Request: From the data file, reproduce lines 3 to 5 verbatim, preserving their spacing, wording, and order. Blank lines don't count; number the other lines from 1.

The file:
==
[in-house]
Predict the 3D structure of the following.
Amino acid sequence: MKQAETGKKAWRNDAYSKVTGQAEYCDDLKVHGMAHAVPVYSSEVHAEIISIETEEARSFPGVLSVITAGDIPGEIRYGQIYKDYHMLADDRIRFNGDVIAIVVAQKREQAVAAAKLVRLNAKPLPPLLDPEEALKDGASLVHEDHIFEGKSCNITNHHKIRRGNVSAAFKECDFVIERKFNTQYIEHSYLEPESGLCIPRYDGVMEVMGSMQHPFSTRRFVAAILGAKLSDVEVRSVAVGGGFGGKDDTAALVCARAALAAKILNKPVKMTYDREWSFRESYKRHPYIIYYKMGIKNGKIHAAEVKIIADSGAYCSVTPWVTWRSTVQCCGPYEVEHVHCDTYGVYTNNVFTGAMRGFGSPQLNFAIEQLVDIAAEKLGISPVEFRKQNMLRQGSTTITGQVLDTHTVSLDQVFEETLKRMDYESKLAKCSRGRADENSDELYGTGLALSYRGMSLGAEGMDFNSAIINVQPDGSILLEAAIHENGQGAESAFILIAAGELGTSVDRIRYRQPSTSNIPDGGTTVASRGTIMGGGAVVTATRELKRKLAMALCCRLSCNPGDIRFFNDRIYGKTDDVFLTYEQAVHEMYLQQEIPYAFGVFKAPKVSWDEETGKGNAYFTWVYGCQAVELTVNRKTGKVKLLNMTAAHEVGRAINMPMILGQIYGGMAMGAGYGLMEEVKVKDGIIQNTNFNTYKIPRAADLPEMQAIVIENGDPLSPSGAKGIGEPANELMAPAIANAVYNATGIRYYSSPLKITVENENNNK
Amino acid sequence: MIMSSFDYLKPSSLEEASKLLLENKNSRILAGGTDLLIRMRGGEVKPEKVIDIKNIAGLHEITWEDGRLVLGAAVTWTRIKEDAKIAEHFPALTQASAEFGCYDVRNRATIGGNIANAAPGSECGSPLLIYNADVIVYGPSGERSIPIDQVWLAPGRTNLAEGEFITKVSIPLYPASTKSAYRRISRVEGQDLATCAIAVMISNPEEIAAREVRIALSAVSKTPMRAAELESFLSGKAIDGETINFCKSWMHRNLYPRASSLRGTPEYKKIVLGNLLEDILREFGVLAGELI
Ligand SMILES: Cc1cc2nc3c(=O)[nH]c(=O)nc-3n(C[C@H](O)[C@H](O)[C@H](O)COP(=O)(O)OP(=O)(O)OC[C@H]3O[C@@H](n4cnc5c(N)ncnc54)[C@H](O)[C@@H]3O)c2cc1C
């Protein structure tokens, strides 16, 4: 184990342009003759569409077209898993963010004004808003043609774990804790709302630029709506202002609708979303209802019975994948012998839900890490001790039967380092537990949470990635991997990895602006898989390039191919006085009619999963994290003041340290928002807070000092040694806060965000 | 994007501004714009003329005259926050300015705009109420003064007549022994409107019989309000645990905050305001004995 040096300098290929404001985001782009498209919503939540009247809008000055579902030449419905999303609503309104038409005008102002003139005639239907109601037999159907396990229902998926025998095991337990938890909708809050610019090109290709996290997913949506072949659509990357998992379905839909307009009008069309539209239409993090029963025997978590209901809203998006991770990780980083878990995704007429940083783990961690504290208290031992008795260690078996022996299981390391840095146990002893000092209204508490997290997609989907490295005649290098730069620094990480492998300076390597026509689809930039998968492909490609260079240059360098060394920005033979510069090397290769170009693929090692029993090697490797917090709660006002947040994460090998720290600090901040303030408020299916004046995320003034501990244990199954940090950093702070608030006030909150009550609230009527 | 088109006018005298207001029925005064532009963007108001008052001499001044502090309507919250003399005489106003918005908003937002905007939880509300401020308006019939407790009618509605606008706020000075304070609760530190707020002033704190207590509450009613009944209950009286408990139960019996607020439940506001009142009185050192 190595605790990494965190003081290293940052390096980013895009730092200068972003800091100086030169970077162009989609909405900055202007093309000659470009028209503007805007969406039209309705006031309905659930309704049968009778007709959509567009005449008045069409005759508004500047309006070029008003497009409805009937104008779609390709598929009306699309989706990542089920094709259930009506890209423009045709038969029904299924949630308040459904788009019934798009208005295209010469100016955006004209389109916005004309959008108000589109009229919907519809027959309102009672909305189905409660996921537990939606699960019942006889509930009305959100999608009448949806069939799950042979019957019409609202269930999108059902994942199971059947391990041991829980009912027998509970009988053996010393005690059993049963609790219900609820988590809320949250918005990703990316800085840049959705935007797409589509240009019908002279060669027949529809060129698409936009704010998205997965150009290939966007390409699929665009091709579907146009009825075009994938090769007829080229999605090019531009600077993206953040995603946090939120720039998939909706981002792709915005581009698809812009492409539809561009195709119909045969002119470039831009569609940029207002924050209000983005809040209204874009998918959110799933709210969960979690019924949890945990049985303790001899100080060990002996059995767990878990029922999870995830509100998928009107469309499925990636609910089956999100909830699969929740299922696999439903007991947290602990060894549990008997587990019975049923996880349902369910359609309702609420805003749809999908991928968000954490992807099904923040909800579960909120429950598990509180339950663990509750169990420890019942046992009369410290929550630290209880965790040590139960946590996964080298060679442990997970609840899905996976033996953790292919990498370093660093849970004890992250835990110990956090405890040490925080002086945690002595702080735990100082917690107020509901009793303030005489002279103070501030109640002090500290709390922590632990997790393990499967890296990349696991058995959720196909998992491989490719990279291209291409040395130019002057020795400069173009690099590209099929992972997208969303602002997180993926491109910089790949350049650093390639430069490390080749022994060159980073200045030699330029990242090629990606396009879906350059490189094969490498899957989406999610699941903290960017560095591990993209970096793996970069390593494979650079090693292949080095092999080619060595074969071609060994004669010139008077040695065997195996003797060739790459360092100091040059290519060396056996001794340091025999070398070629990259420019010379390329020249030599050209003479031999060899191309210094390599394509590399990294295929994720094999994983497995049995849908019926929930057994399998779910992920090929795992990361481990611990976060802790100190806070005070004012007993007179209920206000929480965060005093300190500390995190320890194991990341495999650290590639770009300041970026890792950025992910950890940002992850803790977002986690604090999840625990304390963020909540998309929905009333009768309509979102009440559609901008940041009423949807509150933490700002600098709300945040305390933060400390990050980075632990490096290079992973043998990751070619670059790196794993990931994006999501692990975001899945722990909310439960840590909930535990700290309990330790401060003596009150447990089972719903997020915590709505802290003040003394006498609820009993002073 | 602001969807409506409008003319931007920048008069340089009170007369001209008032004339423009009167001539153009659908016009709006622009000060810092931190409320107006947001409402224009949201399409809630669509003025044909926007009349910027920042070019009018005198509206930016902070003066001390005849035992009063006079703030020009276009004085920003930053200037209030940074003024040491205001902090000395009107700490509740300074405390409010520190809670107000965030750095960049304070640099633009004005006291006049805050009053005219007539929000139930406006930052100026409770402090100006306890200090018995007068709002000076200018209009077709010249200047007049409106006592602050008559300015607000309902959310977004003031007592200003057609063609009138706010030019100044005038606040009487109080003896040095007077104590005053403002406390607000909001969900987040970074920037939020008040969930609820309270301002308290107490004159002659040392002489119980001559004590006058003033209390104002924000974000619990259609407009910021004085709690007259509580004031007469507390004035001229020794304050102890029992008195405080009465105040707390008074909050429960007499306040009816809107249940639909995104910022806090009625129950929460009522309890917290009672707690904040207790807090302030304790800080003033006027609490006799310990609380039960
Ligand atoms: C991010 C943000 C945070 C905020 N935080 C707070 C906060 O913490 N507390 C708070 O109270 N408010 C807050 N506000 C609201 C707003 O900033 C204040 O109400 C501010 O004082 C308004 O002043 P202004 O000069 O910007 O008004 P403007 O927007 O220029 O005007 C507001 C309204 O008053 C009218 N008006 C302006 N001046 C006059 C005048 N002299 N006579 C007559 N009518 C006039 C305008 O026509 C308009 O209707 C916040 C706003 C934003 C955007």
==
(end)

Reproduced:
Amino acid sequence: MKQAETGKKAWRNDAYSKVTGQAEYCDDLKVHGMAHAVPVYSSEVHAEIISIETEEARSFPGVLSVITAGDIPGEIRYGQIYKDYHMLADDRIRFNGDVIAIVVAQKREQAVAAAKLVRLNAKPLPPLLDPEEALKDGASLVHEDHIFEGKSCNITNHHKIRRGNVSAAFKECDFVIERKFNTQYIEHSYLEPESGLCIPRYDGVMEVMGSMQHPFSTRRFVAAILGAKLSDVEVRSVAVGGGFGGKDDTAALVCARAALAAKILNKPVKMTYDREWSFRESYKRHPYIIYYKMGIKNGKIHAAEVKIIADSGAYCSVTPWVTWRSTVQCCGPYEVEHVHCDTYGVYTNNVFTGAMRGFGSPQLNFAIEQLVDIAAEKLGISPVEFRKQNMLRQGSTTITGQVLDTHTVSLDQVFEETLKRMDYESKLAKCSRGRADENSDELYGTGLALSYRGMSLGAEGMDFNSAIINVQPDGSILLEAAIHENGQGAESAFILIAAGELGTSVDRIRYRQPSTSNIPDGGTTVASRGTIMGGGAVVTATRELKRKLAMALCCRLSCNPGDIRFFNDRIYGKTDDVFLTYEQAVHEMYLQQEIPYAFGVFKAPKVSWDEETGKGNAYFTWVYGCQAVELTVNRKTGKVKLLNMTAAHEVGRAINMPMILGQIYGGMAMGAGYGLMEEVKVKDGIIQNTNFNTYKIPRAADLPEMQAIVIENGDPLSPSGAKGIGEPANELMAPAIANAVYNATGIRYYSSPLKITVENENNNK
Amino acid sequence: MIMSSFDYLKPSSLEEASKLLLENKNSRILAGGTDLLIRMRGGEVKPEKVIDIKNIAGLHEITWEDGRLVLGAAVTWTRIKEDAKIAEHFPALTQASAEFGCYDVRNRATIGGNIANAAPGSECGSPLLIYNADVIVYGPSGERSIPIDQVWLAPGRTNLAEGEFITKVSIPLYPASTKSAYRRISRVEGQDLATCAIAVMISNPEEIAAREVRIALSAVSKTPMRAAELESFLSGKAIDGETINFCKSWMHRNLYPRASSLRGTPEYKKIVLGNLLEDILREFGVLAGELI
Ligand SMILES: Cc1cc2nc3c(=O)[nH]c(=O)nc-3n(C[C@H](O)[C@H](O)[C@H](O)COP(=O)(O)OP(=O)(O)OC[C@H]3O[C@@H](n4cnc5c(N)ncnc54)[C@H](O)[C@@H]3O)c2cc1C